Eugénie Söderberg

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Eugénie Söderberg-Perls in Central Park, New York after 1940. Photo: Göteborgs Universitetsbibliotek.

Eugenie Söderberg (1903–1973) was a Swedish-American writer and journalist born in Heidelberg, Germany noted for her profound concern with women's issues which she addressed in her novels and short stories.[1]

Early years[edit]

In 1912, her father, Alexander Riwkin, a Russian-Jewish immigrant who had studied philosophy established himself in Stockholm, Sweden, as an industrialist following a short return to the family's home town, Gomel in Russia. The Riwkin home flourished as a center for culture, attracting both established and upcoming literary figures from Scandinavia and abroad.[1] Eugenie, the eldest daughter was encouraged by her philosopher father who was also a lecturer and writer of short stories in Russian and Yiddish.[1]

Eugenie's younger brother Joseph Riwkin also followed a similar path, acting for a while as a stimulating nucleus within a group of the most aspiring young writers of Sweden. These included Gunnar Ekelöf, Harry Martinson, Karin Boye, Ebbe Linde, who with many others participated as writers and editors in the avant-garde Swedish magazine, Spektrum.[1]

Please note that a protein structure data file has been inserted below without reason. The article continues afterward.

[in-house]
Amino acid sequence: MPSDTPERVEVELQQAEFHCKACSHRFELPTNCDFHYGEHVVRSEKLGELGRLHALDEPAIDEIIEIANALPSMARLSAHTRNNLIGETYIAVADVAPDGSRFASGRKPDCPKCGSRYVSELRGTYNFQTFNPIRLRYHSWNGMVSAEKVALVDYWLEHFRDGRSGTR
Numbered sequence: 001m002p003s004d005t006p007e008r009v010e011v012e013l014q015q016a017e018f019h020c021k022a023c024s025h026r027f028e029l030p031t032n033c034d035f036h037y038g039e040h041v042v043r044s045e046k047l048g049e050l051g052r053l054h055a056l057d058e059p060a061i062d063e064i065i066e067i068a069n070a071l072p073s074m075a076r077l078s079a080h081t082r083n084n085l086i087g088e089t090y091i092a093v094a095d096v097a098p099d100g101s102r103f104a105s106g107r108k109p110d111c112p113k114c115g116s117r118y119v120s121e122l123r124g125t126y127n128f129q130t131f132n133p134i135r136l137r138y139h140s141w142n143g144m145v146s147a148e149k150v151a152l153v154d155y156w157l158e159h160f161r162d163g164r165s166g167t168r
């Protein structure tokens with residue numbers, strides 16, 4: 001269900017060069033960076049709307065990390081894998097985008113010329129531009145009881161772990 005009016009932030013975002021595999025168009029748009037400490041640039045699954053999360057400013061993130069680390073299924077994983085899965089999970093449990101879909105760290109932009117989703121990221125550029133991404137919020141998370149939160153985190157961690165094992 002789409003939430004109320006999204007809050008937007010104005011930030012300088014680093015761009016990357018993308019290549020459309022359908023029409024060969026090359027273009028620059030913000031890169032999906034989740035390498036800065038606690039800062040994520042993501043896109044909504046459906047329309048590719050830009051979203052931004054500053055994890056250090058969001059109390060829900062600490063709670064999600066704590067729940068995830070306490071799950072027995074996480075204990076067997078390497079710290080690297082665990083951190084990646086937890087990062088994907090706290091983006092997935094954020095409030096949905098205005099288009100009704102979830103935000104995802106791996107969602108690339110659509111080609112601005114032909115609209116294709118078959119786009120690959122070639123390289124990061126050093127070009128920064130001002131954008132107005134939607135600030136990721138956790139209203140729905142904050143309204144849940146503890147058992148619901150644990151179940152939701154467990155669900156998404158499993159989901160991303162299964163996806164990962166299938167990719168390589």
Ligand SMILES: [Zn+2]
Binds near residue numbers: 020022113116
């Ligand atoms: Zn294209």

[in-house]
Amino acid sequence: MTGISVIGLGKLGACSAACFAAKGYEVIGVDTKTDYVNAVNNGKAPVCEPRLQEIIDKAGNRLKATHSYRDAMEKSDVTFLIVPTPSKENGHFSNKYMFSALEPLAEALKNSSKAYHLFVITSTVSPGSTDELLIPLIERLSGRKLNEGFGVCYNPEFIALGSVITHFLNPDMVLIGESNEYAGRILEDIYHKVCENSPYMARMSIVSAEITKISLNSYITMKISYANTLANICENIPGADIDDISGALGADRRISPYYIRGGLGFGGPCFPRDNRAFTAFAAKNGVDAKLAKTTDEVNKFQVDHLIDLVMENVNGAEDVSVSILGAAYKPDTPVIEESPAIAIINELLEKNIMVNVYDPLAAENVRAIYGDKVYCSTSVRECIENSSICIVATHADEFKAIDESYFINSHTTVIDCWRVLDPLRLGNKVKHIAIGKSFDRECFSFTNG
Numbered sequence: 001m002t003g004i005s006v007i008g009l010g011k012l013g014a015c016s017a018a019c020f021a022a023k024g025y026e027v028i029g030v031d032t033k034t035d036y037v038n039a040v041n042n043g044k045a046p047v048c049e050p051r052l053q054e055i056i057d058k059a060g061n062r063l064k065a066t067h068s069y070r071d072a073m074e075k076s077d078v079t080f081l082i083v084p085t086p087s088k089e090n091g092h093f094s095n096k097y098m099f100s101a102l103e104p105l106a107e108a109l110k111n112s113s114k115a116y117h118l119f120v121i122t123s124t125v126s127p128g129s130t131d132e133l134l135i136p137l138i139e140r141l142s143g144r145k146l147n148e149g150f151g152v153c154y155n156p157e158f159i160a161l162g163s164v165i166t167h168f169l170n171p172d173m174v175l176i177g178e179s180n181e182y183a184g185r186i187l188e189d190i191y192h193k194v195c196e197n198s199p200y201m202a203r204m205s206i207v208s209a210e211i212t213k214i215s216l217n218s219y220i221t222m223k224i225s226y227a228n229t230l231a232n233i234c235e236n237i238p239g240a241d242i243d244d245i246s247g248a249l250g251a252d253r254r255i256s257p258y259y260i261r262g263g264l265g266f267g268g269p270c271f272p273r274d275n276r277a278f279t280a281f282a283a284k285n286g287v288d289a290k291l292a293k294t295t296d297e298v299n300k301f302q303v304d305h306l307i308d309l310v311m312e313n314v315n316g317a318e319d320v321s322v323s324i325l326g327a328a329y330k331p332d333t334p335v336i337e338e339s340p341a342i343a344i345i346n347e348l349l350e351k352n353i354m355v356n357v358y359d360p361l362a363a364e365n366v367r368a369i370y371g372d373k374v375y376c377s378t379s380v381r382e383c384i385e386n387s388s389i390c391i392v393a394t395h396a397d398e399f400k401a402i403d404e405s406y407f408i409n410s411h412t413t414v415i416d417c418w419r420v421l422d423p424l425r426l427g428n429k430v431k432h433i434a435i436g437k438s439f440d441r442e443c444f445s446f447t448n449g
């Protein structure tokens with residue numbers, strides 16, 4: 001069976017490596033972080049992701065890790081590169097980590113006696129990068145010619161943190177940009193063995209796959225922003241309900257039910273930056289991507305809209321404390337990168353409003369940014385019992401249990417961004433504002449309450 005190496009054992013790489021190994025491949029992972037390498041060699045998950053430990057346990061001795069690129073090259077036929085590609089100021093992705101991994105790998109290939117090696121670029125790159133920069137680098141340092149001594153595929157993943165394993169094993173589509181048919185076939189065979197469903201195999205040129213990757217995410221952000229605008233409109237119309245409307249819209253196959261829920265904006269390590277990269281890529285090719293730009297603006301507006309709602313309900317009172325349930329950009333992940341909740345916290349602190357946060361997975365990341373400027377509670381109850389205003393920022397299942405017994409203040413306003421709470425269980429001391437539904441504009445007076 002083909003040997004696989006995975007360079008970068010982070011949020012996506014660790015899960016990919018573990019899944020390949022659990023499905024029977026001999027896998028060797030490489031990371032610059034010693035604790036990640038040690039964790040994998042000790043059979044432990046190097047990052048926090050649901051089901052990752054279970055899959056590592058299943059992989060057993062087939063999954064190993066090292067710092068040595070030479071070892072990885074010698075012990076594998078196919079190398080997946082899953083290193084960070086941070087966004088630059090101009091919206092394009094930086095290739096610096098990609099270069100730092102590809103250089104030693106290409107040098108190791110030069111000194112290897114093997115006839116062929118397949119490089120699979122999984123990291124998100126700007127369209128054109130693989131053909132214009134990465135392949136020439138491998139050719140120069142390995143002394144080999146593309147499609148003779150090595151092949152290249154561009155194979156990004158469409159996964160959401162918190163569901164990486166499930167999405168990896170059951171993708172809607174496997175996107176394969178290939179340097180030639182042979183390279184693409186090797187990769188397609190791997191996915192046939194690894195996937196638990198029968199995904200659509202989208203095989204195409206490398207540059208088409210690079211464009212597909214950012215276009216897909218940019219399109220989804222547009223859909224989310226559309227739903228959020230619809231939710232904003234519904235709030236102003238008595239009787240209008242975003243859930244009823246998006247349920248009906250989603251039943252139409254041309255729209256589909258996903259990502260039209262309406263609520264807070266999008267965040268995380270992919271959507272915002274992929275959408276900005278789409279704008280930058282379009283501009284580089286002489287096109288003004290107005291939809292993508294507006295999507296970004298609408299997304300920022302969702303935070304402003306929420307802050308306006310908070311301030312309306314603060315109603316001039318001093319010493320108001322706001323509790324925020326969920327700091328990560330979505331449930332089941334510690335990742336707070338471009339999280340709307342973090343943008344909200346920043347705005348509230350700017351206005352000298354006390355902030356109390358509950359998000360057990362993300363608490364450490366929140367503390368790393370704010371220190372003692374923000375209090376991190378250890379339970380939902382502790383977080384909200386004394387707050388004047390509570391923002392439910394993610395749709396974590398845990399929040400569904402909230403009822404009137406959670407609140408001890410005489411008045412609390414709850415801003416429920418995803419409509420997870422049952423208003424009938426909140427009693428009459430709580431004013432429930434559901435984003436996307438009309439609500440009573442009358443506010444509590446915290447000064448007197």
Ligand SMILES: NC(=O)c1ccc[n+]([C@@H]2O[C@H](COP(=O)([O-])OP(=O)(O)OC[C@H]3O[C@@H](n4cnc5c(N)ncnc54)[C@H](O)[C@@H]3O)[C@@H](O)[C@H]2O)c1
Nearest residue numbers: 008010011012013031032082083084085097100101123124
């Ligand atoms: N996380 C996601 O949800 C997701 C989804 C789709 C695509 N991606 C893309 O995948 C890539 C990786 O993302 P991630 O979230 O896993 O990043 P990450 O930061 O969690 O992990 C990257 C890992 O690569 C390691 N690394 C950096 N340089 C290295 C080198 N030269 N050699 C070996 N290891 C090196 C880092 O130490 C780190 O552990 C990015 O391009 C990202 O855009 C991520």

Career[edit]

Eugenie was soon working as a creative writer and earning her living as an editor, journalist and newspaper reporter. She attained immediate success in 1930 with her first novel Studentfabriken (The Student Factory). The work was translated into fourteen languages and also produced as a film.[1]

In 1928 she married the young writer Mikael Söderberg and son of Hjalmar Söderberg. After only several years of marriage her husband died in 1931.[1] She continued to maintain a close relationship with her in-laws, in particular her father-in-law. However it was her sister Anna Riwkin, Sweden's foremost photographer, who was to be her closest friend throughout her lifetime. Although she remained close to her brother Joseph and her sister-in-law, Ester Riwkin, both also writers.

Later life[edit]

In 1940 Eugenie Söderberg came to the USA as a reporter for Scandinavian newspapers and in the following year she married the well-known art dealer and Plato scholar Hugo Perls.[1] She eventually became an American citizen and continued to write both journalistically and creatively, covering American theater, music and art. One of her later books, Min Son är Min (My Son is Mine), appeared in 1965 and was well received.[1]

The writer died in January 1973, at the age of sixty-nine.

Footnotes[edit]

References[edit]